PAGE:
(Reuters) - Pilots at Canada’s WestJet Airlines Ltd, represented by the Air Line Pilots Association (ALPA), started voting on a strike authorization on Wednesday saying an agreement with WestJet management is yet be reached.
The vote, which was triggered after more than six months of negotiations, will remain open for 15 days, ALPA said in a statement.
The statutory 60-day federal conciliation period ends on April 27. The pilots are permitted to strike after a 21-day cooling-off period that begins after that date, right before a busy summer travel season, the union said.
ALPA, which represents more than 60,000 pilots at 34 airlines in the United States and Canada, said it aimed to avoid a possible May 19 strike, but were prepared for all outcomes.
“A strike authorization vote is a common step by unions in context of the overall labor negotiation process,” WestJet said in a statement.
“We remain focused on successfully negotiating an agreement that will benefit our pilots and WestJet,” it said.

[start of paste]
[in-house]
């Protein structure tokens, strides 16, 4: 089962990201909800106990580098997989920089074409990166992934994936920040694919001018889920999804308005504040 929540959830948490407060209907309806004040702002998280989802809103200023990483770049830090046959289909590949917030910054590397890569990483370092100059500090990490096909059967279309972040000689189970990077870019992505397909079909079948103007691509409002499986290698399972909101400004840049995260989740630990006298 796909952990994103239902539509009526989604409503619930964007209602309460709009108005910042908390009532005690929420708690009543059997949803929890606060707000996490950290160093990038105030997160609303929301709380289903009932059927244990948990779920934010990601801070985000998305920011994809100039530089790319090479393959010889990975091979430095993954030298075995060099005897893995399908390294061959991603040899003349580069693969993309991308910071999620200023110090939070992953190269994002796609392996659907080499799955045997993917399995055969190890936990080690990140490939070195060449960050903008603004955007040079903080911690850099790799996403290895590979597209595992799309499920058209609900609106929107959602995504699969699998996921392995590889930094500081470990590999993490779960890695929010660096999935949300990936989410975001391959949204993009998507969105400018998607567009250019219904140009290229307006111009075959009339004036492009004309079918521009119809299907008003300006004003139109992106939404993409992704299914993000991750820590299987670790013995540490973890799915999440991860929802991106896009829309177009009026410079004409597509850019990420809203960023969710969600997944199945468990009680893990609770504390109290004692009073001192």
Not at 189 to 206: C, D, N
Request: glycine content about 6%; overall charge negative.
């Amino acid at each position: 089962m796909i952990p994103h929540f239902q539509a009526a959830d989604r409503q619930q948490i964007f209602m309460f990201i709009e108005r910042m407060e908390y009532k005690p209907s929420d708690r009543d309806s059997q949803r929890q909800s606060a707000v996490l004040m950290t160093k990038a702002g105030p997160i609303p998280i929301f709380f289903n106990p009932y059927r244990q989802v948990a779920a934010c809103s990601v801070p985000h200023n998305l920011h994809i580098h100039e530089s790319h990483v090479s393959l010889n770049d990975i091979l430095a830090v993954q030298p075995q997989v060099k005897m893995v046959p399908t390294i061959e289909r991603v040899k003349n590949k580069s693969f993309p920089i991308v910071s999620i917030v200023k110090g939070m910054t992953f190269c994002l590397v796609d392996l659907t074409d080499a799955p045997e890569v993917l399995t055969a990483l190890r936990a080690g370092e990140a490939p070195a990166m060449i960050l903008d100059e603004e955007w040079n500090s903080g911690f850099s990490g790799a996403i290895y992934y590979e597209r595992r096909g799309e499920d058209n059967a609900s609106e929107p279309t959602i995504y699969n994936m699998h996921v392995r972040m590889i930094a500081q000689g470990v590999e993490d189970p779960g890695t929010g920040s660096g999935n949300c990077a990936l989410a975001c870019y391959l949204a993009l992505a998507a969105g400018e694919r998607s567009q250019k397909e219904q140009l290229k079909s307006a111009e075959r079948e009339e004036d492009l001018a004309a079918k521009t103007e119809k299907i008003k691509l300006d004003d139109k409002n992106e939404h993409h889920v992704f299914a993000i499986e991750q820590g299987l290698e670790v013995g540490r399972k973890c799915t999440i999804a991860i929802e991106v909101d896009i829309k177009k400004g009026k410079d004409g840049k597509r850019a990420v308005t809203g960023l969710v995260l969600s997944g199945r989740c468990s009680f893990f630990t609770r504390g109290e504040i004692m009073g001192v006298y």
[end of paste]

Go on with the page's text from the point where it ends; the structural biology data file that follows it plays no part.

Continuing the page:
Earlier this month, WestJet Chief Executive Ed Sims said he aimed to reach a first agreement with unionized pilots this year, in a break with the carrier’s former CEO Gregg Saretsky, who said he did not expect a first contract before 2019.
In February, ALPA had filed a labor complaint against the Calgary-based commercial airline for bypassing the union during hiring at the airline’s new ultra low-cost carrier (ULCC) Swoop, among other issues.
ALPA said the pilots who work for the new no-frills carrier should earn the same rates as the men and women who fly WestJet planes.
Reporting by Shalini Nagarajan in Bengaluru; Editing by Gopakumar Warrier